increases, correla-
tion decreases.
HRV indices assessed: PNN50, RMSSD,
LFnu, HFnu, LF/HF.
16 Vasconcellos
et al, 2015
Y Y N Chest (Belt) 14 ECG Very good cor-
relation
Moderate to strong agreement (0.68-0.98)
for HR, RR, pNN50, rMSSD, LF, HF,
LF/HF. In general moderate agreement
for frequencies domain measures.
17 Wallen et al,
2012
Y Y N N Chest (Belt) 339 ECG Good to excellent
agreement
328 subjects. Gender & age dependent:
females especially > 60 yrs old present
reduced correlation). ICC coef cients in
women than men more pronounced in
SDNN.HRV from Polar Gender + Age
dependent. ICC > 0.8 on all HRV param-
eters among men. Agreement moderate
on all HRV among men.
18 Weippert et
al, 2010
Y Y N Y Chest (Belt) 19 ECG Limited agree-
ment
Good correlation (narrow LOA & small
bias). ICC for HRV frequencies were
high, however in most cases LOA
showed unacceptable discrepancies.
14
K. Georgiou et al
Folia Medica I 2018 I Vol. 60 I No. 1
found to range from 0.85 to 0.94. Finally, in the
non-linear multivariate analysis, the correlation was
found to be > 0.9.
EXERCISE
Eight out of the 18 examined studies used an exer-
cise protocol, with a total of 131 participants. All of
them reported that although there was an excellent
correlation between HRV and PPG as measured by
Holter and wearable devices at rest, this seemed to
decrease up to 0.85 as the level of exercise and/or
motion increased. Overall, RR agreement was moder-
ate to excellent ranging from 0.786 to 1. Regarding
time domain, HRV parameters correlation was found
to range from 0.786 (at the exercise peak) to 1 (rest
and exercise 1st phase). Similar pattern occurred
in the frequency domain HRV parameters where
the correlation was found to range from 0.8 to 1.
Also, RR to pulse pressure (PP) wave correlation
was ranging from 0.8 to 0.998.
DISCUSSION
In recent years, technology advances have been used
to capture HRV through wearable devices during
daily activities. The accuracy of these devices versus
classical methods like ECG is still under evaluation.
This systematic review aims to present the avail-
able relevant literature and discuss their ndings,
their limitations as well as to provide possible
explanations for these ndings.
It is important to realize that the basic difference
between PPG and ECG is the captured signal per
se: the electrical activity of the heart is depicted
by ECG, whereas the PPG is a mechanical signal
measuring the propagation of the peripheral pulse
wave. Therefore, the time of propagation of the
PP wave from the heart to the distal arterioles is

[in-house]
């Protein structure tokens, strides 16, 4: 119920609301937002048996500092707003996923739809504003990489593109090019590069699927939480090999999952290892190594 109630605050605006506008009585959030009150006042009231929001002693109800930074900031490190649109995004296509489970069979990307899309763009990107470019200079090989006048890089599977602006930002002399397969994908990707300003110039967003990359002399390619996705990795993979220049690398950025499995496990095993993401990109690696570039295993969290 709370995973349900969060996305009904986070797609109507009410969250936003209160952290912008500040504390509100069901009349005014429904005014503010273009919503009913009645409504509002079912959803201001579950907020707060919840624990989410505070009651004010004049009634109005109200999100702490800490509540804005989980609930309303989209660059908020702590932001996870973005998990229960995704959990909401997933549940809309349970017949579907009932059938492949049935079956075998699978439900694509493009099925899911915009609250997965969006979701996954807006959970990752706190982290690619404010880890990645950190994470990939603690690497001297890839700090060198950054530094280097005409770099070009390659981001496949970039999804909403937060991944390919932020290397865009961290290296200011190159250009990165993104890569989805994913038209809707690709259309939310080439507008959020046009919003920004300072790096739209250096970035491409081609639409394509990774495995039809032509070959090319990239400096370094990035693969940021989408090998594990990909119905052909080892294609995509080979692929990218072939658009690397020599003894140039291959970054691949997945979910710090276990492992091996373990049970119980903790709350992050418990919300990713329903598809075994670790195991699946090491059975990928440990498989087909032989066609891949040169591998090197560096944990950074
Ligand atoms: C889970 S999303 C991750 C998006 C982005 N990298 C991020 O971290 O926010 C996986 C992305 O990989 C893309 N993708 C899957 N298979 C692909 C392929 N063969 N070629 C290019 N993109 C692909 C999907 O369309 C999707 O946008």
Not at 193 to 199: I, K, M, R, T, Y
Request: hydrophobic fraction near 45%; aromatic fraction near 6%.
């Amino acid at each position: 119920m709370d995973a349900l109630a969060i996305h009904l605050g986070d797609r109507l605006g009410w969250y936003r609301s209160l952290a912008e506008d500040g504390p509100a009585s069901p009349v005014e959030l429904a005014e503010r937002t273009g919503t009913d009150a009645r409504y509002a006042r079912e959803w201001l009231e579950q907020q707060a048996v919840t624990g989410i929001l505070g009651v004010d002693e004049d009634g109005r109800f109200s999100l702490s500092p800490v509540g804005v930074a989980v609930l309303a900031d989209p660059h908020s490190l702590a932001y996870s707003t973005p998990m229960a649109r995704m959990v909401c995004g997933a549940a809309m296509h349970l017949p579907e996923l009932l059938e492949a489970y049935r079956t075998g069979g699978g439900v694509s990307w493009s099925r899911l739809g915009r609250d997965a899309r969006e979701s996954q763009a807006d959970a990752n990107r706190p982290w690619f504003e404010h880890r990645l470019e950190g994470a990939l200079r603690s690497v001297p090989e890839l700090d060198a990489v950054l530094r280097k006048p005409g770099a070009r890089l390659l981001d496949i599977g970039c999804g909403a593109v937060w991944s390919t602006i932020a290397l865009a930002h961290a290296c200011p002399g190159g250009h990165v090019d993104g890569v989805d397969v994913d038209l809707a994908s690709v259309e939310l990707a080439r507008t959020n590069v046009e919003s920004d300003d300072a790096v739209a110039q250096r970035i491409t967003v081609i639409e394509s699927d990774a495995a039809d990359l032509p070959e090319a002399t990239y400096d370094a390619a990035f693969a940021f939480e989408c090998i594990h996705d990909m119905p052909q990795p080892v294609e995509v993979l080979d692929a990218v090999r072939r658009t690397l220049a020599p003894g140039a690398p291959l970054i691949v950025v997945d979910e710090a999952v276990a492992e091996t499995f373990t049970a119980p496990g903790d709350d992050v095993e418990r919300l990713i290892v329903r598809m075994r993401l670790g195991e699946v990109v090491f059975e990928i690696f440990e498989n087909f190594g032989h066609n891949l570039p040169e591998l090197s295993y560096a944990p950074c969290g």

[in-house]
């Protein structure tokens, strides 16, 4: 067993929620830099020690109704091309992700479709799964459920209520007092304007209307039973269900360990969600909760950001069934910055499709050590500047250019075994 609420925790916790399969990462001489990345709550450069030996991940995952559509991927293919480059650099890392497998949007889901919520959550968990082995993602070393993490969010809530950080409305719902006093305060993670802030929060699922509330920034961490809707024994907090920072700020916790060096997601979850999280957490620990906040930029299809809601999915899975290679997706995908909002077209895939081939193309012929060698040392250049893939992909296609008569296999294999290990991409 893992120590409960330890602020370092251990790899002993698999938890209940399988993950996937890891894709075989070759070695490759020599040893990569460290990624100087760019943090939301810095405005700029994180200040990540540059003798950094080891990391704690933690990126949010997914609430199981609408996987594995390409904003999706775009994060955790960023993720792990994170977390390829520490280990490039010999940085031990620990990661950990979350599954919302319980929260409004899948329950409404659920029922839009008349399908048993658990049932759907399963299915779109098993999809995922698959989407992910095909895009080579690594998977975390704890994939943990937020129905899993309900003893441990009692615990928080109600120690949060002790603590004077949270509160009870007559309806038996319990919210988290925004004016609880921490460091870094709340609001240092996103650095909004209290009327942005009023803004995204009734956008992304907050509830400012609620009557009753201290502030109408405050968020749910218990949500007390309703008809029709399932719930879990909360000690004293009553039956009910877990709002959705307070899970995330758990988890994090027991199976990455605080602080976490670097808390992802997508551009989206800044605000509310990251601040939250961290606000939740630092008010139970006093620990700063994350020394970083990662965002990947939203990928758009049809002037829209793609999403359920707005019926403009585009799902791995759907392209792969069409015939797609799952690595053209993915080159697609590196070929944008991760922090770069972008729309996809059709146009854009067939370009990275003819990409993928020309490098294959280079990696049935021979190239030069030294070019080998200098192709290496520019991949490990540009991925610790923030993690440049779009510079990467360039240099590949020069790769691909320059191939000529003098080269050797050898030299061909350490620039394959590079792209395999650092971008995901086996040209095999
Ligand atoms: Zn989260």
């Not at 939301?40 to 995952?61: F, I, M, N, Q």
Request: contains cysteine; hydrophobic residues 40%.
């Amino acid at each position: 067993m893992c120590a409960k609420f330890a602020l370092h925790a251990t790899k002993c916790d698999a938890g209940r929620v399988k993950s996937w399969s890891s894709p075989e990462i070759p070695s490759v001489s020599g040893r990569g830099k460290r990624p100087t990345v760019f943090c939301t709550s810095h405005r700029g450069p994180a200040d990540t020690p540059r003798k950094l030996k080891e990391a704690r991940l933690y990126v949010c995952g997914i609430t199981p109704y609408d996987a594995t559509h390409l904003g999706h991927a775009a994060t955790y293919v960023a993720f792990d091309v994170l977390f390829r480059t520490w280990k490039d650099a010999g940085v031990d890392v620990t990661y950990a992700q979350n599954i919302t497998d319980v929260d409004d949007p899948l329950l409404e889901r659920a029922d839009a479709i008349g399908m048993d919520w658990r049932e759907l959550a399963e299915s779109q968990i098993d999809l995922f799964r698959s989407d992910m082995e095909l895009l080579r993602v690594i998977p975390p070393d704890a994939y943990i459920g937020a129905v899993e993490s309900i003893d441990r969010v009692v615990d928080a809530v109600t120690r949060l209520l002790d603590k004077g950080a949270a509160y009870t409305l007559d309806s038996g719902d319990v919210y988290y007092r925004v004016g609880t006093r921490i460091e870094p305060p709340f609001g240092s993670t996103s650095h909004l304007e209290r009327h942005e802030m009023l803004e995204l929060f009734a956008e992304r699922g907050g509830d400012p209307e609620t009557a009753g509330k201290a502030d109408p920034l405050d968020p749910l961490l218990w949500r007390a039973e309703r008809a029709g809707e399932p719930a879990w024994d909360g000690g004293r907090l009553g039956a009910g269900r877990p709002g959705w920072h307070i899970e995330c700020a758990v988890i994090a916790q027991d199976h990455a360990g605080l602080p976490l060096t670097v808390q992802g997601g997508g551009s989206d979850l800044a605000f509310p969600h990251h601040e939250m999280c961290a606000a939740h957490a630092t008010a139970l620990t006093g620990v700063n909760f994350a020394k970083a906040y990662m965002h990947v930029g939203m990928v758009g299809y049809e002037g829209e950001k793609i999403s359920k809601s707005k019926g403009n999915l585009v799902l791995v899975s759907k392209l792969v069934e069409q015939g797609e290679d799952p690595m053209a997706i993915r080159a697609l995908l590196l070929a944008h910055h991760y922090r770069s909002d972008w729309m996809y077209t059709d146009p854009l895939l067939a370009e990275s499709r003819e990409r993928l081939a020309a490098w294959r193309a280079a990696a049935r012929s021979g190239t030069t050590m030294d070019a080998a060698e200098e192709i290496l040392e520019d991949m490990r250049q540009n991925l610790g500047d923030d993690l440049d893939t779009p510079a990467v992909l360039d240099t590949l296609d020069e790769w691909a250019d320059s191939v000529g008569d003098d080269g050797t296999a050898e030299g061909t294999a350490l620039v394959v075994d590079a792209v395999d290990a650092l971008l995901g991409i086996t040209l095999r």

called pulse transit time (PTT). It is a measure
of the time that elapsed between the R-wave of
QRS complex in the ECG and the arrival point
to PPG device.28 Several studies have shown that
PTT seems to be a surrogate marker of ANS in
parallel to HRV29 and that PTT is dependent on the
properties of the pulse wave velocity, the vascular
path from the heart to the location of the detector
and is negatively correlated with blood pressure,
arterial stiffness and age.7
Therefore, we will discuss HRV and PPG fun-
damentals as well as the factors affecting them
in order to elaborate PPG versus ECG for HRV
measurement.
HRV FUNDAMENTALS
HRV analysis is a widely available and accurate
non-invasive technique used as a quantitative assess-
ment tool of the autonomic nervous system (ANS)
function.30 Studies have shown that reduced HRV
indices, as assessed by the RR interval analysis, is
associated with increased cardiovascular morbidity
and mortality in patients with various diseases as
well as in the general population.31 In addition, heart
rate and HRV analysis have been used for estimation
of mental stress and athlete’s tness levels, fatigue
and overload.5
The quanti cation of ANS function is feasible
by calculating several HRV parameters according
to time-domain, frequency-domain and nonlinear
analysis of consecutive RR intervals.1 These indices
represent different components of the sympathetic
and/or parasympathetic system of the ANS. For
instance, the high frequency (HF) component de-
rived by the frequency domain analysis represents
the parasympathetic activity, while the LF/HF ratio
represents the balance of sympathetic to parasym-
pathetic activity.32
However, it is important to realize that these
HRV indices depends on the recording quality, the
subject’s activity during the recording, the exclu-